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Contingency and salience assignment : incremental learning in the CEL frame-work

  • Author(s): Granger, Richard H.
  • Young, Michael
  • Schlimmer, Jeffrey C.
  • et al.
Abstract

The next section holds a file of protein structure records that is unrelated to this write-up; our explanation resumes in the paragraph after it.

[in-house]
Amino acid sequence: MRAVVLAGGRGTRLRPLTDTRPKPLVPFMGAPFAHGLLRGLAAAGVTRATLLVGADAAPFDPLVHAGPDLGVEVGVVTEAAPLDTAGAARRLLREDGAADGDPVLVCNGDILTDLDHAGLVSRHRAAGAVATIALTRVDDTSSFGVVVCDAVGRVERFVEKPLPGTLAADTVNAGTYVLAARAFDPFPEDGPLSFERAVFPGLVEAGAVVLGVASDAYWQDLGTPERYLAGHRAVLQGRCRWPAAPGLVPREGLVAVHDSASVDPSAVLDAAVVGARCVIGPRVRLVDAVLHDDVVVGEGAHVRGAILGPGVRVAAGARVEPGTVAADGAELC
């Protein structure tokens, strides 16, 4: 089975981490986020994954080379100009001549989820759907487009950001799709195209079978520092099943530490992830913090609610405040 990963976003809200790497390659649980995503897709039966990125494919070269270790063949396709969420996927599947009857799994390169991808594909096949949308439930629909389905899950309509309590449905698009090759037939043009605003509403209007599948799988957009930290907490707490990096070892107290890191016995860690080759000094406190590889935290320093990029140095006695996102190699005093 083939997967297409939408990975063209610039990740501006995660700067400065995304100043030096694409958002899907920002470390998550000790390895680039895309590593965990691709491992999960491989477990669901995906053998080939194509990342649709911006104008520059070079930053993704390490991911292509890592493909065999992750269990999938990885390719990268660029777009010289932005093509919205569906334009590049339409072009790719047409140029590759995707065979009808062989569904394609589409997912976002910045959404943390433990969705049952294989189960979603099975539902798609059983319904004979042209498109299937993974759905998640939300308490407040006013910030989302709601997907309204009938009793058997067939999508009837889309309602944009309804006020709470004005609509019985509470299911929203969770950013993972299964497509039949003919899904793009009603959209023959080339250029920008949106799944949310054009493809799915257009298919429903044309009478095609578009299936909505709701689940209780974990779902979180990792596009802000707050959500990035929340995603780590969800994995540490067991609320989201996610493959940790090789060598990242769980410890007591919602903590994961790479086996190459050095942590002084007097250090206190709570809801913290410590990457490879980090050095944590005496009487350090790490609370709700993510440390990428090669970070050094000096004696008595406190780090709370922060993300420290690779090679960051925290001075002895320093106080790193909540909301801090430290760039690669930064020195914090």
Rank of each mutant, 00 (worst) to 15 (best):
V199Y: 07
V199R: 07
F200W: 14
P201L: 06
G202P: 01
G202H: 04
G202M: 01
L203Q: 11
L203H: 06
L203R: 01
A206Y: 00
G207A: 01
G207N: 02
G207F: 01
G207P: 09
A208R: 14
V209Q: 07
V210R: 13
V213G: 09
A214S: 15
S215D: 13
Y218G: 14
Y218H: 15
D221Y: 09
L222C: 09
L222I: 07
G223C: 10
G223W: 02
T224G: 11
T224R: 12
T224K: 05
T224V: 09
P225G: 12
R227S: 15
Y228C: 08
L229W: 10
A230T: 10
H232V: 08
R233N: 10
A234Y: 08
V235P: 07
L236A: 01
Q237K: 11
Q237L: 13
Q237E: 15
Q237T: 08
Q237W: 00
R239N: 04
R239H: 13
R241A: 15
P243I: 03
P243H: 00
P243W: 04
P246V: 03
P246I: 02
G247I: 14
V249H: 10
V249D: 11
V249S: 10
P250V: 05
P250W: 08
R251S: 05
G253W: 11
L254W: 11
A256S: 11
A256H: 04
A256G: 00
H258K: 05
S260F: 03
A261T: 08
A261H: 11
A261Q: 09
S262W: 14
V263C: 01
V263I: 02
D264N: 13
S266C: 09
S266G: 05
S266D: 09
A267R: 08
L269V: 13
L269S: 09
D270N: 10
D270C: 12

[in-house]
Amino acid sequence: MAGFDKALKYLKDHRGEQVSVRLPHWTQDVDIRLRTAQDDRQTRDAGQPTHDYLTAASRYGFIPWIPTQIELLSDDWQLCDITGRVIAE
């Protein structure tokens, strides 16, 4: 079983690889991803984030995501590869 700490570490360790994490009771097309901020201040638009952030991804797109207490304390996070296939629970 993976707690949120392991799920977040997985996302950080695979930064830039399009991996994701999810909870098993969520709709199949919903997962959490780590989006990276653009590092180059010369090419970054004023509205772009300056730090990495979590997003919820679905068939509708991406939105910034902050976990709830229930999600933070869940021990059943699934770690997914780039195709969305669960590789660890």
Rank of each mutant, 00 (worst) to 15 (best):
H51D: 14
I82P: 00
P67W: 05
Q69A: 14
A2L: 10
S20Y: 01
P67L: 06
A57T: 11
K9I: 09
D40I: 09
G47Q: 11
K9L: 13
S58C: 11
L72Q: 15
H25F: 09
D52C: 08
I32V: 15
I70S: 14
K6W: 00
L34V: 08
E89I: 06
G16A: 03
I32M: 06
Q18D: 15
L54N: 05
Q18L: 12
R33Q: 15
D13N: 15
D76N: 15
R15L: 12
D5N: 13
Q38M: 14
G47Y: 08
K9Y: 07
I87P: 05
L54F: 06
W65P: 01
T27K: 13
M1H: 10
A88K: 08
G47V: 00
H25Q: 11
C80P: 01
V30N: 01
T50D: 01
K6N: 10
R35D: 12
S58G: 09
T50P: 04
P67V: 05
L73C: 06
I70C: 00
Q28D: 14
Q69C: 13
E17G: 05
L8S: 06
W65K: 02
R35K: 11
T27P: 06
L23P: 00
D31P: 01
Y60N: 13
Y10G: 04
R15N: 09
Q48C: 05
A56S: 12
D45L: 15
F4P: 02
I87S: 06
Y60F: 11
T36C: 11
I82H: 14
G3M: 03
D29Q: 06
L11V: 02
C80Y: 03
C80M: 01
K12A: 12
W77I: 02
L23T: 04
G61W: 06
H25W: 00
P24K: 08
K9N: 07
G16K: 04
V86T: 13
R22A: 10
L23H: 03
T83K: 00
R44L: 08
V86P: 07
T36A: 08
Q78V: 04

The problem of deciding which of many possible features in a training sequence are the salient or predictive ones is a well-known problem in machine learning. This problem of salience assignment is difficult when attempting to learn in an unpredictable and reactive environment. Components of Experiential Learning (CEL) is a framework for the development of computational theories of learning in this type of environment [Granger 1983, Granger and McNulty 1984). In this paper, we review the CEL processes and explain a specific computer model LURN (Learning by Unconscious ReasoNing) which illustrates the use of an incremental method for performing salience assignment. An additional con-straint on salience assignment arises from experimental results in animal psychology which indicate that living learning engines (i.e., humans and animals) make a sharp distinction between simple pairing (or strengthening) of associated events versus contingent salience assignment [Rescorla 1966). LURN calculates the contingent predictiveness of features in a noisy environment, in accordance with these experimental results.

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